James Ede in a talk at Manchester University (October 25, 2014, 'Dealers: Trade, Traffic and the consequences of Demonisation')attacks the wild estimates that are often given for the value of the global antiquities trade. He says the IADAA has done some research on the volume of the open trade.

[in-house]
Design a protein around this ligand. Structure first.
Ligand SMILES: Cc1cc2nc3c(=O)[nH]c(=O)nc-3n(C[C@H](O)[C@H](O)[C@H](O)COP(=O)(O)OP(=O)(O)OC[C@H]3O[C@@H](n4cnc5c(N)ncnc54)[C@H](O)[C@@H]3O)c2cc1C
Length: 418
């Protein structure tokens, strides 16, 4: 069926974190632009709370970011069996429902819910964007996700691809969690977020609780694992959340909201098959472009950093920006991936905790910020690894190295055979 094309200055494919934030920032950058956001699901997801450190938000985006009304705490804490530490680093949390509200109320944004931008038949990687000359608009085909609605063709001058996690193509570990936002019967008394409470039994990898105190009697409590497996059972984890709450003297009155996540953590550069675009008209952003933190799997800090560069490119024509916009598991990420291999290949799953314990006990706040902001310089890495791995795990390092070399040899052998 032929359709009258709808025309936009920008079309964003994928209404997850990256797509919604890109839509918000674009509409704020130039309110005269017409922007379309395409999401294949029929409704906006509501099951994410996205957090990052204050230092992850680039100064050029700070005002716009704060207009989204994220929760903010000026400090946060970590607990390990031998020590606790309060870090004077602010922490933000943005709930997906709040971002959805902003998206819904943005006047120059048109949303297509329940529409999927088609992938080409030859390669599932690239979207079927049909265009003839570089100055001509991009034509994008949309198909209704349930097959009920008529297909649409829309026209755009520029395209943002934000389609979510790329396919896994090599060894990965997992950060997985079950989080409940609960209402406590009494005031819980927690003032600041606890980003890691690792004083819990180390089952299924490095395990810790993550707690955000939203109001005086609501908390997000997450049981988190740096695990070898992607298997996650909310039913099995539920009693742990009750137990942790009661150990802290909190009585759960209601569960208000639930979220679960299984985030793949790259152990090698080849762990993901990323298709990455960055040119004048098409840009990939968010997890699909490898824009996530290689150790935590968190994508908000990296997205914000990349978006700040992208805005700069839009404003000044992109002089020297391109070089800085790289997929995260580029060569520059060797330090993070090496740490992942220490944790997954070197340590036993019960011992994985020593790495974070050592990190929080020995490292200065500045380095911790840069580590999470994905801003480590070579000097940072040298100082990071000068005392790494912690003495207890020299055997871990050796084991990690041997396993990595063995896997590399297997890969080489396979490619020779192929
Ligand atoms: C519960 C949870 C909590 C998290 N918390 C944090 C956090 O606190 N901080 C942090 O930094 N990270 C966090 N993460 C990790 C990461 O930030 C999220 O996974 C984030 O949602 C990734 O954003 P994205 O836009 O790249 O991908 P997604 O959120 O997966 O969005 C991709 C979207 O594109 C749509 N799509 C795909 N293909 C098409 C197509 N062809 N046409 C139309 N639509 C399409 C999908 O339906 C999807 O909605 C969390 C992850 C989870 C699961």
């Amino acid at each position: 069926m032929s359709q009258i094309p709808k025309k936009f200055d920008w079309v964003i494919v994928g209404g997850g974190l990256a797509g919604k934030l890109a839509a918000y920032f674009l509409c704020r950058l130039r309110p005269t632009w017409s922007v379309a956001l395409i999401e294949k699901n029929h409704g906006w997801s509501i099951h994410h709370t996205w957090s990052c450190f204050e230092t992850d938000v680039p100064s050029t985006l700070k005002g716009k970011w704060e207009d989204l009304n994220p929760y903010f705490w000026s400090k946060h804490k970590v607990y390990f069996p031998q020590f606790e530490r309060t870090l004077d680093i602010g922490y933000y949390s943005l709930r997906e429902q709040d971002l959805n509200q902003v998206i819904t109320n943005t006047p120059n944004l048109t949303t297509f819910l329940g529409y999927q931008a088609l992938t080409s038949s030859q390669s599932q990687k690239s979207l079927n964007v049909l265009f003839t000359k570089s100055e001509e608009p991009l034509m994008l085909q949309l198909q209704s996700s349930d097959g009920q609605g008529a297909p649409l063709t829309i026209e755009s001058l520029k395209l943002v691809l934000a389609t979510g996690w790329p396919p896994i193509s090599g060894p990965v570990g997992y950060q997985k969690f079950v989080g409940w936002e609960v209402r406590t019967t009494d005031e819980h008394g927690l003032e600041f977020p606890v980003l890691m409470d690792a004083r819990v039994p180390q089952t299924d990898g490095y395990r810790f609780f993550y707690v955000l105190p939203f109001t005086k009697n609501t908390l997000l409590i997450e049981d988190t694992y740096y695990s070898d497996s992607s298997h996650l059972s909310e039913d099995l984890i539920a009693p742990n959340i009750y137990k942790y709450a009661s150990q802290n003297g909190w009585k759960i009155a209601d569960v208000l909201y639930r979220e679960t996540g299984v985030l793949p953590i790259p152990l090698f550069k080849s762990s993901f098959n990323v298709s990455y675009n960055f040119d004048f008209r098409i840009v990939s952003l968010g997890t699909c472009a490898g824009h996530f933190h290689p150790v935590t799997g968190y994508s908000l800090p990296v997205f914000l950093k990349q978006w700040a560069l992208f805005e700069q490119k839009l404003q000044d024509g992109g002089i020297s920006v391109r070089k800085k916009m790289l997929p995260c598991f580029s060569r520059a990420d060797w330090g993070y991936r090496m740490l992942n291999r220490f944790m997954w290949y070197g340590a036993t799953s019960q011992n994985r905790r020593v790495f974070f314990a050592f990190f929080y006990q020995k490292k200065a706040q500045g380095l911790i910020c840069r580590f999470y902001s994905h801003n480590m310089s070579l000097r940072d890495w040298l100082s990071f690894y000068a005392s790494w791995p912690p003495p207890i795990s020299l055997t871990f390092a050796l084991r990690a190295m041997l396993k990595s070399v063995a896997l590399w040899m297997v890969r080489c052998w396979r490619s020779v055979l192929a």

By analysing the publicly quoted figures of the auction houses and dealers worldwide and rounding the figures up quite dramatically we have arrived at a figure of €150-200 million per annum, ie around £150m. This does admittedly exclude one-off sales such as the Geurnol lioness and the Old Kingdom statue from Northampton [...], but these are rare. This figure of £150m is verifiable.It is not clear what this figure is intended to cover, just antiquities, or antiquities and 'tribal art'? Or something else? It is a shame that the figure is not broken down further into regions (the Americas, Africa, the Gulf) and themes (Egyptian, Pre-Columbian, Greece and Rome, Southest Asia),